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Why recyclers are ramping up now when mass electric vehicle adoption is still years away

(Kitco News) – Winning in the resource space requires settling on a thesis, getting in early and riding out the cycles, said Neometals Managing Director and CEO Christopher Reed.

On Thursday Reed spoke to Kitco from Perth.

Neometals (ASX:NMT) has a suite of technologies in the critical metal space with a focus on sustainable battery recycling. This spring the company was selected to help Mercedes Benz with its recycling. Before serving manufacturers and automakers, Reed and his team were focused on upstream supply.

“We’ve got a long history in lithium when in 2009 we developed the Mount Marion lithium project into one into the world’s second-largest source of feedstock,” said Reed. “With any commodity, you try to pick the long-term thematic. Try and get the better assets and get there early because sometimes you have to hold them through a cycle, and you know it took us two cycles to get Mount Marion developed. “

According to Mount Marion owners, Gangeng Lithium, the mine is the world’s second-largest high-quality spodumene producer. The project was put into production in February 2017 with an annual output of about 450-480 thousand tons of lithium concentrate.

Battery metal recycling has seen lots of well-funded entrants. Li-Cycle received a $100 million investment from Koch Industries in the spring. The company is now building recycling plants throughout North America. Redwood Materials raised $700 million a year ago. The company is helmed by JB Straubel, a Tesla co-founder. Redwood’s Battery Materials Campus 1 will produce 100 GWh of anode copper foil and cathode active material annually by 2025.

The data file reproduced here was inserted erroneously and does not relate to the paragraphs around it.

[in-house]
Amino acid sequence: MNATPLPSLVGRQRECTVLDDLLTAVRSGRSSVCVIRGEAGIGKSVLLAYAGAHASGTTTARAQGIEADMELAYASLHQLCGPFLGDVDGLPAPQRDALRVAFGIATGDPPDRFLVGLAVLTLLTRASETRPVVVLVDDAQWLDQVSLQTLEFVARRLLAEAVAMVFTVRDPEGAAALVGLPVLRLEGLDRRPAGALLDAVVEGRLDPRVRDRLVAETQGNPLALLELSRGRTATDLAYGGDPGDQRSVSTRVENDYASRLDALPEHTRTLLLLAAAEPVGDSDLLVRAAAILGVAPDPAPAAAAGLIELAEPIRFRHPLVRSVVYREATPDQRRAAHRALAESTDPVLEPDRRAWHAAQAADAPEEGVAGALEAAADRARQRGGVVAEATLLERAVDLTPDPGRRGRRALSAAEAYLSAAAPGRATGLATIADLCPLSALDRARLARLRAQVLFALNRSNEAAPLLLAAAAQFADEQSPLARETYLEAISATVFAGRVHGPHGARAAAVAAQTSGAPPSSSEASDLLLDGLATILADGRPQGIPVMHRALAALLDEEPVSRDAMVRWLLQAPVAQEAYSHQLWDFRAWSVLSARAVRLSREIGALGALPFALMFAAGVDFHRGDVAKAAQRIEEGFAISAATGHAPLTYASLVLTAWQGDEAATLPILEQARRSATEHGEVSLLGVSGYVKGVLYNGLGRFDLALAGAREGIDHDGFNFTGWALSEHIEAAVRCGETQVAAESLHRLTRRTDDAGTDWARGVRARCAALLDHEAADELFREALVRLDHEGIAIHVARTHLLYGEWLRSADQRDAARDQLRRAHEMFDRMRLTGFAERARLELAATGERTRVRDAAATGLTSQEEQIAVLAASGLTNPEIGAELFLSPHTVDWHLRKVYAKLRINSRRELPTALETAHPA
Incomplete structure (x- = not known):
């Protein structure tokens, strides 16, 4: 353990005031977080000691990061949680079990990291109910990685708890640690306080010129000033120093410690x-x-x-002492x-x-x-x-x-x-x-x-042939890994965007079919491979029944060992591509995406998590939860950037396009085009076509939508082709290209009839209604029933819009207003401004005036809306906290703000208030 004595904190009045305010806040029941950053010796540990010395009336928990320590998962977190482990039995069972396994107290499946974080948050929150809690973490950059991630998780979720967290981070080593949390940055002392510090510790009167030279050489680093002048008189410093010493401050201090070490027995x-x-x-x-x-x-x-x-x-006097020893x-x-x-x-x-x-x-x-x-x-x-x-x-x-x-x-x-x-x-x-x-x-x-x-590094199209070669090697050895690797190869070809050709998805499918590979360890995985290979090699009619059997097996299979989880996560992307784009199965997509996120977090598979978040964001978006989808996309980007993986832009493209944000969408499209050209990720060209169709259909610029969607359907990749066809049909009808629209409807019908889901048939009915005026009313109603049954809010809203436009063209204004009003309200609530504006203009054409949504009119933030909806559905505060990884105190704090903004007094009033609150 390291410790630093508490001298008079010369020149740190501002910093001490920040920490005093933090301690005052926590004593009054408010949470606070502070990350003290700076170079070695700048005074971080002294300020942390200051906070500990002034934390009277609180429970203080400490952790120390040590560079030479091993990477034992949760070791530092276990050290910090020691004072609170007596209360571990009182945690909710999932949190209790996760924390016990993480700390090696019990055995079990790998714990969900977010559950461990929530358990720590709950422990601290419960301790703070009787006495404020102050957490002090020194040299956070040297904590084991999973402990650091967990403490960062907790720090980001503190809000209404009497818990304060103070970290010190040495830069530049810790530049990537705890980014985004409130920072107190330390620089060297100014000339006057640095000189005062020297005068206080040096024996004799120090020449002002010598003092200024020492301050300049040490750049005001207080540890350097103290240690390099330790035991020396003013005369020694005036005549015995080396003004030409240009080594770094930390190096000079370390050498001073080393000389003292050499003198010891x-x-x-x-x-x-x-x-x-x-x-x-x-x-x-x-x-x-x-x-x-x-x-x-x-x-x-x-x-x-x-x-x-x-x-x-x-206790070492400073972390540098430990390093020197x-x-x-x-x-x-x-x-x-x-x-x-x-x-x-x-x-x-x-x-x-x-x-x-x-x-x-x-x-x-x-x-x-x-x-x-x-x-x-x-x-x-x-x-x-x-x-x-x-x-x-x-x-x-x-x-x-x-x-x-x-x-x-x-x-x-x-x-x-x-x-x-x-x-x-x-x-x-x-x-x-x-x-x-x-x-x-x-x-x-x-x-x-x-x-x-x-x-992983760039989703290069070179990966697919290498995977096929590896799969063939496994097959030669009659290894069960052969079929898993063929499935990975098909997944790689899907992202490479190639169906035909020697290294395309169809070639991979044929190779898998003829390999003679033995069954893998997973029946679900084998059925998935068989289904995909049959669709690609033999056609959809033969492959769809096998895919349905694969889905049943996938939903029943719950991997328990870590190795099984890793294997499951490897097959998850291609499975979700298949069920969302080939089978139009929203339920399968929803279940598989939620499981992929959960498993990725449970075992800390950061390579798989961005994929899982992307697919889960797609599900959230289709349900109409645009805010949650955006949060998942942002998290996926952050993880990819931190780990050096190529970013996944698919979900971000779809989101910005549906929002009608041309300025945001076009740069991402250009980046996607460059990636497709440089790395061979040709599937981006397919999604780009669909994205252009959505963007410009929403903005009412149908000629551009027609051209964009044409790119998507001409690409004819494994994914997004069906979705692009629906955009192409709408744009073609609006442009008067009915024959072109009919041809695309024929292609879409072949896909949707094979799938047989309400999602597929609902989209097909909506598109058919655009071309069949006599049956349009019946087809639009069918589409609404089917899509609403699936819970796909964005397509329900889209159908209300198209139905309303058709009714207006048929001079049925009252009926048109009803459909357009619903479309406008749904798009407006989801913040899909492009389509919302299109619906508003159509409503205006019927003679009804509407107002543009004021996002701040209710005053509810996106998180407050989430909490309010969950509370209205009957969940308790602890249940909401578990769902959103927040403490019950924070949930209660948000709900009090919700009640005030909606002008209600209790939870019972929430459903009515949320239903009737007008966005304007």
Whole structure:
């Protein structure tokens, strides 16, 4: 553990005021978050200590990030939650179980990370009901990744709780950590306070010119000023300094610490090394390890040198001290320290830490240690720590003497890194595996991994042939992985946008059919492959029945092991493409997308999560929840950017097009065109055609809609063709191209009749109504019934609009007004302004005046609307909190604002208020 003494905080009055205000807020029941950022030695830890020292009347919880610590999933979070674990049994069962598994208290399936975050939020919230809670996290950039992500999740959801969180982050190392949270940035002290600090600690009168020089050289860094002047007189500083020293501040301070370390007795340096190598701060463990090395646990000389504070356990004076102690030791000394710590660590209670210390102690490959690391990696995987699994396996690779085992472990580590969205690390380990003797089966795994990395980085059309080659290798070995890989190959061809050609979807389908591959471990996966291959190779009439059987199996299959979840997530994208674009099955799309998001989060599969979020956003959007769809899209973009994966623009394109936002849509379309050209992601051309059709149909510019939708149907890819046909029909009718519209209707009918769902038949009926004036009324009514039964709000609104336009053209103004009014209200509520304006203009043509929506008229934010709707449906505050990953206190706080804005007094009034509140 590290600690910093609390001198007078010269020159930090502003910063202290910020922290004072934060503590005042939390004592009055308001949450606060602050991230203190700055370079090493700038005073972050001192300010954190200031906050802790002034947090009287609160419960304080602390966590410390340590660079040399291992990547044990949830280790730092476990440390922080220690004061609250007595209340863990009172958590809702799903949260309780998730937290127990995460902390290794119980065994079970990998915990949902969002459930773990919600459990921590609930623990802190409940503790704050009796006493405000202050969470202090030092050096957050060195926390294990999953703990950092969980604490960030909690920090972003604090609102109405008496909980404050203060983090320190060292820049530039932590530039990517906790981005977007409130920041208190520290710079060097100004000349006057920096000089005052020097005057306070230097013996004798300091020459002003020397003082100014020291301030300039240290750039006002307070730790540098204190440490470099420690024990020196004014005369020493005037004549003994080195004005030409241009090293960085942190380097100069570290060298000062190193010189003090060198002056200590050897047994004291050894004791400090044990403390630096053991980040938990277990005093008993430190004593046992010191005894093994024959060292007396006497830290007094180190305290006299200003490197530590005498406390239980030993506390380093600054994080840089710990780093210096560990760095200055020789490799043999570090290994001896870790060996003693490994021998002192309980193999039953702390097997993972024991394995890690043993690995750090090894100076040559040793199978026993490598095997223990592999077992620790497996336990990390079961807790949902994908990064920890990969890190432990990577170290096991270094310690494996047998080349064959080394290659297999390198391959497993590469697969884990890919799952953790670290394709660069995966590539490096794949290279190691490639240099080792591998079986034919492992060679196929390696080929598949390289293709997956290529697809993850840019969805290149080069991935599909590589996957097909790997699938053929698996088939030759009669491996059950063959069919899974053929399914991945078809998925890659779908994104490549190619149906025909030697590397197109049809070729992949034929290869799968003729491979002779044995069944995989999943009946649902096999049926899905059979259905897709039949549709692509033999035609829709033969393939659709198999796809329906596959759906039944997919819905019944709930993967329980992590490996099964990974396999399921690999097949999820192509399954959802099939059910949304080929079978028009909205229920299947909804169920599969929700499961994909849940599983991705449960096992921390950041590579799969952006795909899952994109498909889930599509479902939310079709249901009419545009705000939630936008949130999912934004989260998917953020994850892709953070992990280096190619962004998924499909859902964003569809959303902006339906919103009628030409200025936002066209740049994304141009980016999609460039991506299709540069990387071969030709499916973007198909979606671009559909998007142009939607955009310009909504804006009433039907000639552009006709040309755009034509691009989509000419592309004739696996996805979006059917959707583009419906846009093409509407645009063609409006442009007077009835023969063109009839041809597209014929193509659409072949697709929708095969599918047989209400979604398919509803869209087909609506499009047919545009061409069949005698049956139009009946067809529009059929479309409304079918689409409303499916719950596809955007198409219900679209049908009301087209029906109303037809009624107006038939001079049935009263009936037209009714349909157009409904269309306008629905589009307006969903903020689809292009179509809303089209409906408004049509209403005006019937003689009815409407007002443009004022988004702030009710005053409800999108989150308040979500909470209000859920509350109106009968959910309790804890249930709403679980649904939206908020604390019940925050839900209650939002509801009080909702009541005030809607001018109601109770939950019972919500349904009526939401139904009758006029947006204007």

While the outlook for electric vehicle penetration is bullish, EVs are still a small fraction of the world’s current total of cars and trucks. Penetration of EVs is expected to hit 30% by the end of the decade. The cars need to be driven and depreciate before being recycled. The average age of a vehicle is over a decade.

Reed said demand is needed now just for production scrap. The high chemistry precision needed from the batteries results in waste that needs to be re-processed, and recycling commitments by automakers require the material to be processed cleanly.

Disclaimer: The views expressed in this article are those of the author and may not reflect those of Kitco Metals Inc. The author has made every effort to ensure accuracy of information provided; however, neither Kitco Metals Inc. nor the author can guarantee such accuracy. This article is strictly for informational purposes only. It is not a solicitation to make any exchange in commodities, securities or other financial instruments. Kitco Metals Inc. and the author of this article do not accept culpability for losses and/ or damages arising from the use of this publication.

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